Maple Avenue Corridor revitalization will be ‘noticeable difference’ on Hamilton’s east side

Improving Maple Avenue has been on Hamilton’s bucket list for quite some time, and now the big redevelopment push of the corridor in the northern area of the Jefferson neighborhood is starting to happen.

The public saw the first change to the Maple Avenue Corridor, which runs from Martin Luther King Jr. Boulevard to Ohio 4, when the two former CSX train depot buildings were relocated 1,000-plus feet north, forever changing the corridor’s landscape. In a couple of months, the next visual change in the corridor’s redevelopment will begin when Meyer Brothers and Sons start the reconstruction of the former freight house depot.

Credit: Nick Graham

Credit: Nick Graham

In another life, Maple Avenue was home to industrial and train commerce, but today it’s an antiquated corridor highlighted by the 18,000-square-foot vacant former Maple Avenue depot Meyer Brothers will take ownership of soon. That development, along with the redevelopment of the former electric substation at 514 Maple Ave., will be the first significant investment in businesses on the street in a very long time.

Aaron Hufford, Hamilton’s Chief of Staff for the city manager, said these projects are what the city expects will “jumpstart” the Maple Avenue Corridor resurgence.

“The Meyer Brothers project, Amp House, and the historic train depot represent three large vacant properties that are finding new life on Maple Avenue,” he said. When these (and others) are fully up and running, you will see a noticeable difference in the corridor as it starts to become a destination.”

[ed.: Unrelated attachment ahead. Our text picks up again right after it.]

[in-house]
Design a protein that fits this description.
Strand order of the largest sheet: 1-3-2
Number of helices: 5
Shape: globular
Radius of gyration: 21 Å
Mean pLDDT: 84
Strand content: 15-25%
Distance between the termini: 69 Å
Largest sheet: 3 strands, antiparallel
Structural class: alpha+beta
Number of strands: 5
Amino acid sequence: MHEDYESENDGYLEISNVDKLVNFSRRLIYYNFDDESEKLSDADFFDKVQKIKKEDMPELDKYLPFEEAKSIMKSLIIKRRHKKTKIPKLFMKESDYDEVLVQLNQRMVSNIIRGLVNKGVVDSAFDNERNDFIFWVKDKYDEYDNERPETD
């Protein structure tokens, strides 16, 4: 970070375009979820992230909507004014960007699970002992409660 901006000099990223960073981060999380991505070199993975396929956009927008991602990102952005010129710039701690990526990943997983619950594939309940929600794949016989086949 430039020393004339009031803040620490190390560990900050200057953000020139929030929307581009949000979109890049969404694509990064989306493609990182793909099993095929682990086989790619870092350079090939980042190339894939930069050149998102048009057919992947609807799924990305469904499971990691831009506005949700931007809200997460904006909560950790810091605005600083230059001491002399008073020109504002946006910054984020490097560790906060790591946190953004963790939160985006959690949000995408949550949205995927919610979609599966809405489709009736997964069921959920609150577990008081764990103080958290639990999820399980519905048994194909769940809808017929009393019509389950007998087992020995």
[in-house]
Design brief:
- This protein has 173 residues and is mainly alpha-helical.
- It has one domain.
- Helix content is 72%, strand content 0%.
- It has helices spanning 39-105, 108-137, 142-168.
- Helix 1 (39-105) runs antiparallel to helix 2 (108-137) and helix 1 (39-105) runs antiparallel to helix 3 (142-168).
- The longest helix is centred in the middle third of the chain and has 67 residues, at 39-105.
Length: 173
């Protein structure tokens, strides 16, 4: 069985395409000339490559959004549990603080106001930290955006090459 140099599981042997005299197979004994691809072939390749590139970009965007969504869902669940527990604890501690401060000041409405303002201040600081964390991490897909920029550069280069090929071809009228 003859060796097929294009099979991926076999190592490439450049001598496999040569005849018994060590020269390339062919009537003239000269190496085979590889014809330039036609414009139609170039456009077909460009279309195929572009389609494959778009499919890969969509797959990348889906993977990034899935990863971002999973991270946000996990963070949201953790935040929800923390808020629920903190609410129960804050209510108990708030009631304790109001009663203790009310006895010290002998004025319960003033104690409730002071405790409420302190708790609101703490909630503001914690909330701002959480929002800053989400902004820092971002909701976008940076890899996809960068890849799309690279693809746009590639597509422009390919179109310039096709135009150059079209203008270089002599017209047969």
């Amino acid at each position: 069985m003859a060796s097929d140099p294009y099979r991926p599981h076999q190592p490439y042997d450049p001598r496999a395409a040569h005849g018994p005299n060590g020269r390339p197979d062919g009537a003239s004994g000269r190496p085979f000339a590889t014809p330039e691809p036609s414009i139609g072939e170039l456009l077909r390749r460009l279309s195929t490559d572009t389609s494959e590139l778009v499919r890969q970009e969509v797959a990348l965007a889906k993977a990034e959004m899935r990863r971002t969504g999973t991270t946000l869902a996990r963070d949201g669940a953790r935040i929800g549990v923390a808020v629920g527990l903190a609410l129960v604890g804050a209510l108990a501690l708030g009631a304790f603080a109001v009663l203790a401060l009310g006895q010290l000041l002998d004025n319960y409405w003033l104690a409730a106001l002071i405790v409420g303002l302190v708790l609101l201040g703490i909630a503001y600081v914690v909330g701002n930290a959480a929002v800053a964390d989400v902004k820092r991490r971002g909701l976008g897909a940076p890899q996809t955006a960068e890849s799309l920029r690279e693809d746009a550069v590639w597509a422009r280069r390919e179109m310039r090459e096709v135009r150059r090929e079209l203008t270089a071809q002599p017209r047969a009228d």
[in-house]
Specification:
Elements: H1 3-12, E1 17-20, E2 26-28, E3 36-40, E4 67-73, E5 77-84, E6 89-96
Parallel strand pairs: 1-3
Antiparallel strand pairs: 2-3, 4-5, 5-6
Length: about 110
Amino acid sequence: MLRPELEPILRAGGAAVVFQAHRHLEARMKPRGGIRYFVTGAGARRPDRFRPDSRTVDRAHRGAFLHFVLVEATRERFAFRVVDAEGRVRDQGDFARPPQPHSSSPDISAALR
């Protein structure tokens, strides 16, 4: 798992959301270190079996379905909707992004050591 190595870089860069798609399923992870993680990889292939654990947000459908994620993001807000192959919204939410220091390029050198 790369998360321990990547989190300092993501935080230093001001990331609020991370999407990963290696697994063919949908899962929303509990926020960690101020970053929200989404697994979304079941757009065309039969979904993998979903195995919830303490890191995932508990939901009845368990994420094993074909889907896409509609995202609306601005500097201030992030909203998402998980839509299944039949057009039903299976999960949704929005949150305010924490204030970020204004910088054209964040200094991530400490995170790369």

Credit: Nick Graham

Credit: Nick Graham

The city of Hamilton is set to close this week on the land swap deal with Cohen Recycling that includes the property at 1000 Maple Ave. that will eventually be owned by Meyer Brothers. City Council on Wednesday approved the eventual sale of the property to the Hamilton-based home remodeling and custom cabinetry business for $1 in exchange for at least $1 million in investment and employing at least 25.

Rick Meyer, Meyer Brothers’ architect, business manager and son of Dick Meyer, one of the founders, said he expects the transfer of the property to take about a month once the city takes ownership, and it would be another month after that before redevelopment would begin.

The Maple Avenue Corridor is considered an important connector to the city’s downtown. The street once served as an industrial and train commerce corridor. As it is today, there are a lot of issues with Maple Avenue. There are underutilized properties, sidewalks and asphalt that need over-due upgrades, a lack of pedestrian and cyclist accessibility and connectivity, and no identity.

Credit: Nick Graham

Credit: Nick Graham

Maple Avenue’s appeal

Despite its faults, the city — and more importantly, investors — see possibilities.

“We’ve driven past this (building) for years and years and years, and there’s never been anything in it or anything done with it, and just the architecture of the building itself is really cool, and really attractive,” said Jeremy Culver, Meyer Brothers and Sons’ general manager. “That’s what really initially inspired (the project).”